Nogales CBP officers referred a 27-year-old male Mexican national for a non-intrusive X-ray inspection of his tractor-trailer when he attempted to enter the United States through the Mariposa Commercial Port. The X-ray operator noticed an anomaly in the shipment of cucumbers, which led to a physical inspection and the discovery of 224 bundles of marijuana co-mingled with the produce. The drugs and tractor-trailer were processed for seizure. The driver was arrested and turned over to U.S. Immigration and Customs Enforcement’s Homeland Security Investigations.

Individuals arrested may be charged by complaint, the method by which a person is charged with criminal activity, which raises no inference of guilt. An individual is presumed innocent unless and until competent evidence is presented to a jury that establishes guilt beyond a reasonable doubt.

CBP's Office of Field Operations is the primary organization within the U.S. Department of Homeland Security tasked with an anti-terrorism mission at our nation’s ports. CBP officers screen all people, vehicles and goods entering the United States while facilitating the flow of legitimate trade and travel. Their mission also includes carrying out border-related duties, including narcotics interdiction, enforcing immigration and trade laws, and protecting the nation's food supply and agriculture industry from pests and diseases.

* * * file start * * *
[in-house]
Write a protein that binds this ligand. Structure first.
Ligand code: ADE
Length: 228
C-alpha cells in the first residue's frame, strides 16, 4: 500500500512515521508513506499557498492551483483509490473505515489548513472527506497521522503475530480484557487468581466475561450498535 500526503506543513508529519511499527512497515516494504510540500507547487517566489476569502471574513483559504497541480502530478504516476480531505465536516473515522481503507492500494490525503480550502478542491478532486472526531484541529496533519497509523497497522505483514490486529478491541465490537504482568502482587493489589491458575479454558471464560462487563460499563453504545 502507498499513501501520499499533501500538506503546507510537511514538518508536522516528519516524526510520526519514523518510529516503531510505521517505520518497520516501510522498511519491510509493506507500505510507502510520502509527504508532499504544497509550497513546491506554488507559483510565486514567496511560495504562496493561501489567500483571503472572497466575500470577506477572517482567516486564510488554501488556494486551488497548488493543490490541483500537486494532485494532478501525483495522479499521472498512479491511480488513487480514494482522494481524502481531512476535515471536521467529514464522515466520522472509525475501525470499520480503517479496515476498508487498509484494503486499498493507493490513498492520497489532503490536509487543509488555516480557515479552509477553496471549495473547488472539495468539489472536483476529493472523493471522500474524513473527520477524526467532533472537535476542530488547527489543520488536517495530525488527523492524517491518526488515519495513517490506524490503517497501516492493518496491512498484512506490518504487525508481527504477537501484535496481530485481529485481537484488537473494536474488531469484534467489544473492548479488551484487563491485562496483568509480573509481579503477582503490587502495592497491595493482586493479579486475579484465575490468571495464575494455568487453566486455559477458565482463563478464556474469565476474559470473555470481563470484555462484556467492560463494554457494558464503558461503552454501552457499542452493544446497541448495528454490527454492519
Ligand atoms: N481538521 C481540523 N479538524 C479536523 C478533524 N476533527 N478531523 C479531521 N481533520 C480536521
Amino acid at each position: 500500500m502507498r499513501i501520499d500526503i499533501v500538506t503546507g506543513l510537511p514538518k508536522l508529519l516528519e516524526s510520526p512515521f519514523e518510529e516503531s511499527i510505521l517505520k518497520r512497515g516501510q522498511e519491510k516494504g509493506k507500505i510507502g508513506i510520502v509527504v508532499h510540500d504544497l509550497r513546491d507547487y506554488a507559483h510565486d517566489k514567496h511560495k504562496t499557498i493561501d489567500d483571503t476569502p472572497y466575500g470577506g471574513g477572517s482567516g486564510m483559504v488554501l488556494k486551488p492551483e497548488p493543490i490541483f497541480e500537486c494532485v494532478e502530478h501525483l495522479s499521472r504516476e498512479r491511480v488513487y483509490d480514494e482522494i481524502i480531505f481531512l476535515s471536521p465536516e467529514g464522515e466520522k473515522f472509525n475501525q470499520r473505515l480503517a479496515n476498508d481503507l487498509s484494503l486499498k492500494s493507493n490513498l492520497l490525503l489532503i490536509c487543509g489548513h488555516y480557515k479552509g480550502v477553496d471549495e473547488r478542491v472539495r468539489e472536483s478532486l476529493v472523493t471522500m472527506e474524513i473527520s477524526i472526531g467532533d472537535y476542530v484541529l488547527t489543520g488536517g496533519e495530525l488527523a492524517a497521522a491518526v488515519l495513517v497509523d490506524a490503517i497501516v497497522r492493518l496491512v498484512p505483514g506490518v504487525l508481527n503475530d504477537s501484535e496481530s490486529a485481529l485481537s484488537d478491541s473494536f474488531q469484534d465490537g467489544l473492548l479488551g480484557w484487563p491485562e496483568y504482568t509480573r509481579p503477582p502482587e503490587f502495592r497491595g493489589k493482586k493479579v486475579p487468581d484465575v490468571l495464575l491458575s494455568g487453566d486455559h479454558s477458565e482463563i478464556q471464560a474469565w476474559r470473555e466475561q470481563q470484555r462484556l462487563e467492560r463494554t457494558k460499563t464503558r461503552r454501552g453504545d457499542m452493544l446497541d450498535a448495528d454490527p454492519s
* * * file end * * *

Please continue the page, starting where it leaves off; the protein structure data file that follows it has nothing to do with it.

CBP Trade Newsletter

U.S. Customs & Border Protection / www.cbp.gov

http://www.cbp.gov/linkhandler/cgov/trade/trade_outreach/trade_newsletter/newsletter_2nd_qtr.ctt/newsletter_2nd_qtr.pdf

 


 

Don’t Be Fooled by Too Good to Be True Websites

U.S. Department of Homeland Security / www.dhs.gov

While the tricks and jokes exchanged online are often innocent and fun, there are individuals lurking online who want to trick you into handing over your personal information.

Cybercriminals often rely on social engineering to trick people into installing malware with scams for free products, offers for pirated entertainment, or “never before seen” footage or photos that spark a fan’s curiosity. Clicking on one of these links makes it easy for criminals to steal your identity and passwords.

According to a recent report, the fan craze created by the film The Hunger Games has created the perfect opportunity for devious cybercriminals to take advantage of Internet users. While clicking on a link may seem innocent enough, it can actually infect your computer, phone, or tablet without you even knowing what happened.

Protect yourself and help stop the spread of malware by following these simple tips:

  • Be extremely cautious when accessing or downloading content; if something is too good to be true, then it probably is.